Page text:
Wednesday, October 31, 2012

"How Sweet It Is"

The four words, "How Sweet It Is", was a trademark phrase used by the legendary American actor and comedian, Jackie Gleason.
Promotional photo of a young Jackie Gleason

Through my childhood, I remember Gleason most as Ralph Kramden, the main character in television show called "The Honeymooners". Many of you may remember him also........however, if you are just hearing about him for the first time, please do some research. He had a very illustrious career.

He popularized this phrase so well during his lifetime, that it is still used today as a "Welcome to Brooklyn, New York", the city that Gleason was born in.

Street Signage welcoming drivers into Brooklyn New York

"How Sweet It Is", is also the title to a popular song by James Taylor (1979), that he had done as a cover song to the original version performed by Marvin Gaye, whose version  sold 900,000 copies in 1964.

"How Sweet It Is" - James Taylor

Sorry to disappoint you, but this blog entry is about neither of the above.........this blog is about my recent experience with freshly squeezed sugar cane juice on a roadside near Shirdi, India, the town most noted for the Sai Baba Temple..........oh yes......how sweet it is!

Here's the story..........................

My colleagues and I got an early start Sunday a week ago, and began our day by visiting the Sai Baba Temple......followed by a brief return to the hotel for me to grab my camera (as they are not allowed within the Sai Baba grounds), before heading out to visit the other famous temple in the Shirdi area, the Shani Temple at Shignapur.

The journey from Shirdi  to Shignapur is approximately 50 kilometers or so, and as we made the turn off of the busy main highway, it was hard not to notice all of the sugar cane juice "dhabba's" lining both sides of the road.

Sugar cane juice is a very popular beverage throughout India.......vendors can be found year round in just about all parts of the country selling this simple drink....... occasionally in our neighborhood,  one can find vendors squeezing this sweet liquid from the cane using a "hand cranking device" mounted to their mobile cart.

At more established roadside spots in the city, the sugar juice is squeezed into glasses using a motorized version of the hand cranking machine.........an over sized mechanical device made of of pulley's, gears, belts and a noisy motor, huffing, puffing and chugging along to produce the sweet liquid drop by drop......glass by glass.

But the juice makers (all farmers I am told) along this stretch of road in rural India had a unique method for producing the sweet beverage.....and one after the other, side by side.....they were competing against each other to sell their product to the thousands of visitors making their way to and from the temple.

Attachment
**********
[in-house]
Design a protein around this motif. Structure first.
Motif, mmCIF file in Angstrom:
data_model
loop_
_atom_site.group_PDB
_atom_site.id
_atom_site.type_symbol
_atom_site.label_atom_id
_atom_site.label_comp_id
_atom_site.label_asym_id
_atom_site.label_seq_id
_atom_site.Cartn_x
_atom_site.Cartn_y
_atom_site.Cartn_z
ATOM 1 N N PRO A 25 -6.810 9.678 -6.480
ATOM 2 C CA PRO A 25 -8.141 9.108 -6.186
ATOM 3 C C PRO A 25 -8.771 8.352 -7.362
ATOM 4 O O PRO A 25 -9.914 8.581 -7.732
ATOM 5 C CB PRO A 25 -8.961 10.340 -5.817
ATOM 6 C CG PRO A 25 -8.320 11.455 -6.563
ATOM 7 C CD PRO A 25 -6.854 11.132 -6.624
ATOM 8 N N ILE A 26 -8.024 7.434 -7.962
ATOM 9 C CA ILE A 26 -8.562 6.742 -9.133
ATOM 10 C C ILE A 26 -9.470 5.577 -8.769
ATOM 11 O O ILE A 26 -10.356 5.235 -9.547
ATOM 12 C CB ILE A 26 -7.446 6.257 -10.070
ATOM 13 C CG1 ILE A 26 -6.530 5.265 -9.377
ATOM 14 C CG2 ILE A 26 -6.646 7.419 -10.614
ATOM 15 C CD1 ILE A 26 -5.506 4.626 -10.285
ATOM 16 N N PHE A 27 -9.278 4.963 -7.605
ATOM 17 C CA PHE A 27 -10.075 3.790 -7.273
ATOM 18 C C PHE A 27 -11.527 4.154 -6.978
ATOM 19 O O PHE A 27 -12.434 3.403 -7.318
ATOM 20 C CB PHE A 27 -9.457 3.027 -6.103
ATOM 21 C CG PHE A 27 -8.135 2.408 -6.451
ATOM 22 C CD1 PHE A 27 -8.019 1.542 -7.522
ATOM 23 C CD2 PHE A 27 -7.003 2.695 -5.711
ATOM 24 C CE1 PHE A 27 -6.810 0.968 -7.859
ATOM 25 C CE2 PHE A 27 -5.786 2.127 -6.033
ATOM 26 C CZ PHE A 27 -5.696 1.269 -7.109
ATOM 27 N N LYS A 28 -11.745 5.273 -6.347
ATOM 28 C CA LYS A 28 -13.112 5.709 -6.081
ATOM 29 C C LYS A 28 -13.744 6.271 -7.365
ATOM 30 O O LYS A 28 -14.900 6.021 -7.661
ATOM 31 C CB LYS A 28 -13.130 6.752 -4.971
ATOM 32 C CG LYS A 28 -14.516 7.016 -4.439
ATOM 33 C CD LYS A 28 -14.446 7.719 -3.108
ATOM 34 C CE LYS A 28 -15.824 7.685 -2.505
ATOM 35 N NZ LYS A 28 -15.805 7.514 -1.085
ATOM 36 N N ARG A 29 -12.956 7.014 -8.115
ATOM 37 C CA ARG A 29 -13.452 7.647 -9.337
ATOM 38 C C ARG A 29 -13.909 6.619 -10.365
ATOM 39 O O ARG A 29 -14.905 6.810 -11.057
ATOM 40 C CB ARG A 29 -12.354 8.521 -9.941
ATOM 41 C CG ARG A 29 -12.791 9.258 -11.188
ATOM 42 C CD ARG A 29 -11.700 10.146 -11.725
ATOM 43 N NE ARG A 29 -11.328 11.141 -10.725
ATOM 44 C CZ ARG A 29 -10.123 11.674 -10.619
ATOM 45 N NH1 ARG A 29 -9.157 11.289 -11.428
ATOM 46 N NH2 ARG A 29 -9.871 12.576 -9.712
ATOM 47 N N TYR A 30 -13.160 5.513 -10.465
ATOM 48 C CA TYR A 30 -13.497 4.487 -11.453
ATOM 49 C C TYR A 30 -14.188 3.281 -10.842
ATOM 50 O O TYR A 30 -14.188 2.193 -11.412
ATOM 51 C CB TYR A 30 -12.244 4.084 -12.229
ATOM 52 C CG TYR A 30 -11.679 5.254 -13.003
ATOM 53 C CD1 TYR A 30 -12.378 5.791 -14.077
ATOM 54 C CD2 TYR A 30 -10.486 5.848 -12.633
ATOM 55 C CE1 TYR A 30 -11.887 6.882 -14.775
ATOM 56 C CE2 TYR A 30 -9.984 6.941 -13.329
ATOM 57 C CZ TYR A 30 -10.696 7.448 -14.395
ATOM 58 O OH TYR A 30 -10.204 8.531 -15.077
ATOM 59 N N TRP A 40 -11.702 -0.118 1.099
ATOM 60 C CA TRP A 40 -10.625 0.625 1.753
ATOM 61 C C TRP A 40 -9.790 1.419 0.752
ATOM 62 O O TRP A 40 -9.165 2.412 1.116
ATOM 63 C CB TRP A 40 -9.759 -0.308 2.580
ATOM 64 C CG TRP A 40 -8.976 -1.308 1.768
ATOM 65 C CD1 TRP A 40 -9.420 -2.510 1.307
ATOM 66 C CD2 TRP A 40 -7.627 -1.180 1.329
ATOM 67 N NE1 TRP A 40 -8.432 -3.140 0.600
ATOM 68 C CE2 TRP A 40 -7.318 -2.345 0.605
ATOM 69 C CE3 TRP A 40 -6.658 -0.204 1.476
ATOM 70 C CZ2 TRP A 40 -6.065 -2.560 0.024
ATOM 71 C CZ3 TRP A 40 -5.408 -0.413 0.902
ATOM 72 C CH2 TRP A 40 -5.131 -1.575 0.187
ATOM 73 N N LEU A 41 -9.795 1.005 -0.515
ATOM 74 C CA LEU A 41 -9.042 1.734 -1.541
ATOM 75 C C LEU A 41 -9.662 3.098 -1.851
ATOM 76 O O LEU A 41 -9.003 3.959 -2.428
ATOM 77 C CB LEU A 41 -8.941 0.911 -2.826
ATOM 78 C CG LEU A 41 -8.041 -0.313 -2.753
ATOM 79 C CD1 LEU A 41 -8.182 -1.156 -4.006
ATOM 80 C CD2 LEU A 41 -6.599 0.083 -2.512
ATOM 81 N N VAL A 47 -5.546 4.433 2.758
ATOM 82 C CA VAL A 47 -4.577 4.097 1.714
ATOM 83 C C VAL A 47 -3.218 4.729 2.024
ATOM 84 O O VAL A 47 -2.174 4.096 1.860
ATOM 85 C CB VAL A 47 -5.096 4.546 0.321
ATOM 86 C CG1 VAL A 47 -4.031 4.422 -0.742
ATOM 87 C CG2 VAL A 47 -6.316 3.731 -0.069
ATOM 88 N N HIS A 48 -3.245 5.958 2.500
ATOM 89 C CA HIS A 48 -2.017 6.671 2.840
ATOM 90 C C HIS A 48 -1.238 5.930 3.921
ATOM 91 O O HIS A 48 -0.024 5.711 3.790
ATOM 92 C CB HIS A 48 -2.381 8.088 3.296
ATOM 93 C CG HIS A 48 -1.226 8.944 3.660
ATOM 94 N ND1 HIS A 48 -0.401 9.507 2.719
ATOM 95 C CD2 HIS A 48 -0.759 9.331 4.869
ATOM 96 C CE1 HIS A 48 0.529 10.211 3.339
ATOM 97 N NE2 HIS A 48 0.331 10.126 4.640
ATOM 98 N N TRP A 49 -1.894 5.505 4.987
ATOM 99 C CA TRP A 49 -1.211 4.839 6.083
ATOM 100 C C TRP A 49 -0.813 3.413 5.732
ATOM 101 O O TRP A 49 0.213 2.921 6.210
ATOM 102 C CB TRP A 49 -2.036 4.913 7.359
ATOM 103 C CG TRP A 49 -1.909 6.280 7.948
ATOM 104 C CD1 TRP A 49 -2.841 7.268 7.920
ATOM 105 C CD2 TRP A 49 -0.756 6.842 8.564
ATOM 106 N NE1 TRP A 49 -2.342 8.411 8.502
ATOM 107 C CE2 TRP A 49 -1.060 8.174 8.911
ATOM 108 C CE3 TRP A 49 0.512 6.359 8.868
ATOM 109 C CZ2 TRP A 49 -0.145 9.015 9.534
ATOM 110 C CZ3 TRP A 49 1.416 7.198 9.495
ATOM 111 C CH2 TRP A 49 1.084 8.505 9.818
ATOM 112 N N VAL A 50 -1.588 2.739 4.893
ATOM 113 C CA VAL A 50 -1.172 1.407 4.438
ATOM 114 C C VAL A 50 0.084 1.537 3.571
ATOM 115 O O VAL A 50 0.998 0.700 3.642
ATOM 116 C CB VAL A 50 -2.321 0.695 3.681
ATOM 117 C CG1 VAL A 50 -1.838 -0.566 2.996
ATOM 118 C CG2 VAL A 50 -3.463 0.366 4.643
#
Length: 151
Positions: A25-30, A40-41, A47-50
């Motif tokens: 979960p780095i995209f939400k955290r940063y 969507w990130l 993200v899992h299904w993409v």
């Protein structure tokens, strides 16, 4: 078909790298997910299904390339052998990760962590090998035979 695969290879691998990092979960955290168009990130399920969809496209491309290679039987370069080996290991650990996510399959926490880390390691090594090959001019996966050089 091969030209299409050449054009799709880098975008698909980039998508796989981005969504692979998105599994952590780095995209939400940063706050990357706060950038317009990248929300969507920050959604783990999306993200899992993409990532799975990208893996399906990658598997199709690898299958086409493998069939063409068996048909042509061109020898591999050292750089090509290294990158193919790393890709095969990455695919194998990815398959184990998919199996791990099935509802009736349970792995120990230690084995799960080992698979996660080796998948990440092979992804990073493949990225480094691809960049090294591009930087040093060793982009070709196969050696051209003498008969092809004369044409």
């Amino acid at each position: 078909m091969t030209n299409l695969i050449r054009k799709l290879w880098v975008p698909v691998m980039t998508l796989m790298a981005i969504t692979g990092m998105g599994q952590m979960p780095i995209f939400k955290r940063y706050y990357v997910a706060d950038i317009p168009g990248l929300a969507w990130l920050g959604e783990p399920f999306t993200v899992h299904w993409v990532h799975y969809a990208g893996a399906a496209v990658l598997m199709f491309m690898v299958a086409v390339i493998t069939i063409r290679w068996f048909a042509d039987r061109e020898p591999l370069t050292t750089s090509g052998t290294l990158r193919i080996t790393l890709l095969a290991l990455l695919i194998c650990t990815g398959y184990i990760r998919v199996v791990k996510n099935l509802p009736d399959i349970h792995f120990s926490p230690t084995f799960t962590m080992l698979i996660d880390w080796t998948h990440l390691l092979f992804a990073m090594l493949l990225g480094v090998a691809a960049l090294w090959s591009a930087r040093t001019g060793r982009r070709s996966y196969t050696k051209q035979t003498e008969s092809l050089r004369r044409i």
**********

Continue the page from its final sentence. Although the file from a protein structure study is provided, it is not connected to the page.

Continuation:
Most were located under the shade of massive trees........with scattered plastic chairs for their patrons to relax in and enjoy and swings made of rope and tires for children to entertain themselves.
For those without natural shade, tarps were strung in various ways from tree tops and bamboo stakes........while others had created more formal establishments made of brick, mortar and concrete. But all had one thing in common.......the unusual method used to squeeze the juice from the cane.

Anxious to reach the temple, I did not suggest we stop, but I knew that on the way back, there was not only the promise of a refreshing beverage waiting for me, but also a great opportunity to take some photographs of this unique way of creating the juice and share the experience with all of you!

So what is this unique method I have been not been revealing until now?

Meet Sony..........the bullock who was the key participant in creating sugar cane juice in this part of India. Throughout the day, Sony remains strapped to a hand carved wooden crank that turns two hand carved logs with gears, that squeeze the juice from the cane fed by the "juice man"!

Sony.......up close and personal.......don't pay attention to the drooling.......it didn't make it into the container!

If there is one common thread that connects all of India, it is "ingenuity". I see it everywhere throughout the country, and this is a perfect example that highlights what I see during my travels. This juice cart is a prime example of  my newly coined phrase, "Indiagenuity"!